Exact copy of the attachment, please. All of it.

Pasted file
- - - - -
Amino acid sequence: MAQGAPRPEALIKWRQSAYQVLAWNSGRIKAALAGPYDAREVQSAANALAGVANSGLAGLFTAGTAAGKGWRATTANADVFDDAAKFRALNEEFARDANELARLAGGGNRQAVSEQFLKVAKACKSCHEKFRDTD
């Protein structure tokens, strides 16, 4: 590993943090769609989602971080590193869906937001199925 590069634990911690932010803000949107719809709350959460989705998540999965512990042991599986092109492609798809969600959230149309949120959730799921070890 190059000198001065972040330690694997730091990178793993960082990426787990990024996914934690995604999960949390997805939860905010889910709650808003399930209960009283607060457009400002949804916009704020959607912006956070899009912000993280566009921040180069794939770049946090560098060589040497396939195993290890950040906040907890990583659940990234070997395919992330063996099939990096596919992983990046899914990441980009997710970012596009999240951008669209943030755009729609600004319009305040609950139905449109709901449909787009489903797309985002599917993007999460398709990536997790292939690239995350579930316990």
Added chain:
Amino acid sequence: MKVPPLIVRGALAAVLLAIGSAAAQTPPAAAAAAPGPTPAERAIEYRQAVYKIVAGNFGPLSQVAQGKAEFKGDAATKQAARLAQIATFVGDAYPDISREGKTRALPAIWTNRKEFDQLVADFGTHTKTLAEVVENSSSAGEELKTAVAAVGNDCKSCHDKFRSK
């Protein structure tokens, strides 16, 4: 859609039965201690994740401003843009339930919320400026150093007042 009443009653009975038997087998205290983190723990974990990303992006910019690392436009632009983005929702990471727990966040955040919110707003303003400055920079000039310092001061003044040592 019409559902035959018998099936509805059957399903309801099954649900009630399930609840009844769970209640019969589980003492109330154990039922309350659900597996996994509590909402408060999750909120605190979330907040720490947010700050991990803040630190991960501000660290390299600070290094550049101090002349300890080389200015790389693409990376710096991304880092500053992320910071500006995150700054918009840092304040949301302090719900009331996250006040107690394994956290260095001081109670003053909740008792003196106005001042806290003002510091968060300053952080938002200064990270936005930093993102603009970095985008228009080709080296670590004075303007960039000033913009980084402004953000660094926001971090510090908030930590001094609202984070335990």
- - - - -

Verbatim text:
Amino acid sequence: MAQGAPRPEALIKWRQSAYQVLAWNSGRIKAALAGPYDAREVQSAANALAGVANSGLAGLFTAGTAAGKGWRATTANADVFDDAAKFRALNEEFARDANELARLAGGGNRQAVSEQFLKVAKACKSCHEKFRDTD
């Protein structure tokens, strides 16, 4: 590993943090769609989602971080590193869906937001199925 590069634990911690932010803000949107719809709350959460989705998540999965512990042991599986092109492609798809969600959230149309949120959730799921070890 190059000198001065972040330690694997730091990178793993960082990426787990990024996914934690995604999960949390997805939860905010889910709650808003399930209960009283607060457009400002949804916009704020959607912006956070899009912000993280566009921040180069794939770049946090560098060589040497396939195993290890950040906040907890990583659940990234070997395919992330063996099939990096596919992983990046899914990441980009997710970012596009999240951008669209943030755009729609600004319009305040609950139905449109709901449909787009489903797309985002599917993007999460398709990536997790292939690239995350579930316990």
Added chain:
Amino acid sequence: MKVPPLIVRGALAAVLLAIGSAAAQTPPAAAAAAPGPTPAERAIEYRQAVYKIVAGNFGPLSQVAQGKAEFKGDAATKQAARLAQIATFVGDAYPDISREGKTRALPAIWTNRKEFDQLVADFGTHTKTLAEVVENSSSAGEELKTAVAAVGNDCKSCHDKFRSK
């Protein structure tokens, strides 16, 4: 859609039965201690994740401003843009339930919320400026150093007042 009443009653009975038997087998205290983190723990974990990303992006910019690392436009632009983005929702990471727990966040955040919110707003303003400055920079000039310092001061003044040592 019409559902035959018998099936509805059957399903309801099954649900009630399930609840009844769970209640019969589980003492109330154990039922309350659900597996996994509590909402408060999750909120605190979330907040720490947010700050991990803040630190991960501000660290390299600070290094550049101090002349300890080389200015790389693409990376710096991304880092500053992320910071500006995150700054918009840092304040949301302090719900009331996250006040107690394994956290260095001081109670003053909740008792003196106005001042806290003002510091968060300053952080938002200064990270936005930093993102603009970095985008228009080709080296670590004075303007960039000033913009980084402004953000660094926001971090510090908030930590001094609202984070335990």